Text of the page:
Our cases have not established with any precision how a court should balance shared parental intent against evidence of acclimatization and settled purpose from the child's perspective where the child is not very young. As the Court of Appeals for the Ninth Circuit noted in Mozes, perhaps the most difficult question in this regard is "when evidence of acclimatization should suffice to establish a child's habitual residence" in the face of "uncertain or contrary parental intent." 239 F.3d at 1078. Proceeding from the premise that it is the parents, not the child, who decide where a child lives, the Mozes Court concluded that, in the absence of settled parental intent, courts should be "slow to infer" merely from a child's contacts with a new country that he or she has abandoned an earlier habitual residence. Id. at 1079. "[A] child can lose its habitual attachment to a place even without a parent's consent," but only when "the objective facts point unequivocally" to the conclusion that a child's relative attachments to two countries have changed. Id. at 1081 (internal quotations omitted). Thus, Mozes established a presumption that shared parental intent (or lack thereof) regarding a change in habitual residence generally trumps evidence of acclimatization. See Gitter, 396 F.3d at 134 (adopting the analysis of Mozes and noting that only in "relatively rare circumstances" would evidence of acclimatization outweigh parental intent); Holder, 392 F.3d at 1020 (requiring showing of acclimatization that "overcome[s] the lack of shared parental intent to abandon . . . the children's habitual residence"). The Mozes Court adopted this approach in order to minimize the incentives for unilateral action on the part of either parent, Mozes, 239 F.3dat 1079, and because it believed that "[c]hildren . . . normally lack the material and psychological wherewithal to decide where they will reside," id. at 1076.
Here, because both shared parental intent and acclimatization support a finding that Maria was habitually resident in the United States, we need not decide how we would weigh these factors against each other if they conflicted, which was the focus of Mozes. Accordingly, we note only that, consistent with our instruction in Feder, courts must consider "the parents' present, shared intentions" as part of the habitual residence analysis. 63 F.3d at 224.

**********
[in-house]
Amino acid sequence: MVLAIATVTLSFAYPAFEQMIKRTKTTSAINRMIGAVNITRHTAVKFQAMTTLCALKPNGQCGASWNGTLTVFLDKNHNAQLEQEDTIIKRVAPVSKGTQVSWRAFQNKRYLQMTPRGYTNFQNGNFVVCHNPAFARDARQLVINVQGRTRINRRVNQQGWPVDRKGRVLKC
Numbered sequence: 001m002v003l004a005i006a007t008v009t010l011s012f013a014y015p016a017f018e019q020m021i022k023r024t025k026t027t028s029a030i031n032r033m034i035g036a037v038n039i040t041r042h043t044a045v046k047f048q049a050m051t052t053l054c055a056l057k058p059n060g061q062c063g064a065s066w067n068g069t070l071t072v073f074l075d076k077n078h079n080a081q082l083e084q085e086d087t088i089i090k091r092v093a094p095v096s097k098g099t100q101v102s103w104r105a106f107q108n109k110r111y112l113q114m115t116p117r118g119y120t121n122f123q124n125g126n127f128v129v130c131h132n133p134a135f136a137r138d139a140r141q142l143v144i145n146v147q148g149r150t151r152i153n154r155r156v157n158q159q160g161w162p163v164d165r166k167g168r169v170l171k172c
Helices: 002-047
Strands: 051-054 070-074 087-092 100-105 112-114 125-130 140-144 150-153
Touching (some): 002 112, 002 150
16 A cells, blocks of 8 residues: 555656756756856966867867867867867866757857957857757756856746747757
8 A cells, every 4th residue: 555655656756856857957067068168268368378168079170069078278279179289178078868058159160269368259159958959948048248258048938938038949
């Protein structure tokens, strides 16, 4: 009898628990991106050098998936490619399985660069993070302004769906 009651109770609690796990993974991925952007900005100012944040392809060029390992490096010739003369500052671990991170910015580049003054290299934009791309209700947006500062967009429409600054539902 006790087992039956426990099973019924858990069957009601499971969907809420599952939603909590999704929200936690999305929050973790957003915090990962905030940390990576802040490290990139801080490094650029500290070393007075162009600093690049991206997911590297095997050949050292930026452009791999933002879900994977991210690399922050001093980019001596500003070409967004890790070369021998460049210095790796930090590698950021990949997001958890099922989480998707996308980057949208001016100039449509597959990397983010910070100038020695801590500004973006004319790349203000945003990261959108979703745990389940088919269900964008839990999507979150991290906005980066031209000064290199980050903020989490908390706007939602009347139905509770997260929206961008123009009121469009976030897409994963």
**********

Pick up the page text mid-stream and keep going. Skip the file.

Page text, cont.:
When a removal or retention is in accordance with the shared intent of both parents, there is no unilateral action, and therefore no harm for a court to remedy under the Hague Convention. See Toren, 191 F.3d at 28 ("[T]he children's mere presence in the United States cannot constitute a retention because it is entirely consistent with the parties' . . . agreement."). There is record evidence from as early as September 2002 of shared parental intent to permit Maria to move permanently to the United States. Only as it became clear that Maria would choose to remain with her father did Karkkainen retract her consent to allow Maria to choose her residence. Yet, by that time, Maria had already begun to settle in the United States in reliance on the agreement that she would be permitted to remain here permanently. Thus, the mutual understanding during the summer of 2003 was that Maria would have the opportunity to remain in the United States permanently (that is, to live here with a degree of settled purpose).
Karkkainen's change of heart in July 2003 is the type of unilateral act that the Hague Convention was designed to prevent, namely, one that disrupts a child's residential environment and thwarts shared parental intent. We therefore give weight to the agreement that existed when Maria left Finland and not to Karkkainen's subsequent retraction of consent.
In summary, though we find it to be a close question, we agree with the District Court's holding that Maria acclimatized to the United States prior to her retention and that her conduct demonstrated a degree of settled purpose to remain here. This weighs in favor of a finding that Maria was habitually resident in the United States on the retention date. The shared parental intent that Maria would choose her country of residence during the summer of 2003 further bolsters this conclusion. Consequently, we hold that Maria is a habitual resident of the United States and that she was not wrongfully retained under Article 3 of the Hague Convention.
For the foregoing reasons, we will affirm the District Court.